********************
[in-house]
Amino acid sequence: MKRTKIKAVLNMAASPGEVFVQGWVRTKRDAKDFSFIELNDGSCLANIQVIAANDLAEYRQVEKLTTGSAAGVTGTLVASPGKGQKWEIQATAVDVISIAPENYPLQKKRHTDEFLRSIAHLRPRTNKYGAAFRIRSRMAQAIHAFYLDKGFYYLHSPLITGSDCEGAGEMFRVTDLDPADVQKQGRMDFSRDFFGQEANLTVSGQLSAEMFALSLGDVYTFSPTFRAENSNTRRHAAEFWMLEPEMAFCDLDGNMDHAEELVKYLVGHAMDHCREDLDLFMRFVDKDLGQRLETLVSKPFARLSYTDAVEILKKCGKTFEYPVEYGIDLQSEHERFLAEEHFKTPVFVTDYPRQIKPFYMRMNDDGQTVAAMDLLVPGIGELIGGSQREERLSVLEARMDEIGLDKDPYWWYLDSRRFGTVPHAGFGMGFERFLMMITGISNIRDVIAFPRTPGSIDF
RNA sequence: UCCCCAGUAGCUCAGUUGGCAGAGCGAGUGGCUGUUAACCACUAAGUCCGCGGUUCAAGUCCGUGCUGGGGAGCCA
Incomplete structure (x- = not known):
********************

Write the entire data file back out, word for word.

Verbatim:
[in-house]
Amino acid sequence: MKRTKIKAVLNMAASPGEVFVQGWVRTKRDAKDFSFIELNDGSCLANIQVIAANDLAEYRQVEKLTTGSAAGVTGTLVASPGKGQKWEIQATAVDVISIAPENYPLQKKRHTDEFLRSIAHLRPRTNKYGAAFRIRSRMAQAIHAFYLDKGFYYLHSPLITGSDCEGAGEMFRVTDLDPADVQKQGRMDFSRDFFGQEANLTVSGQLSAEMFALSLGDVYTFSPTFRAENSNTRRHAAEFWMLEPEMAFCDLDGNMDHAEELVKYLVGHAMDHCREDLDLFMRFVDKDLGQRLETLVSKPFARLSYTDAVEILKKCGKTFEYPVEYGIDLQSEHERFLAEEHFKTPVFVTDYPRQIKPFYMRMNDDGQTVAAMDLLVPGIGELIGGSQREERLSVLEARMDEIGLDKDPYWWYLDSRRFGTVPHAGFGMGFERFLMMITGISNIRDVIAFPRTPGSIDF
RNA sequence: UCCCCAGUAGCUCAGUUGGCAGAGCGAGUGGCUGUUAACCACUAAGUCCGCGGUUCAAGUCCGUGCUGGGGAGCCA
Incomplete structure (x- = not known):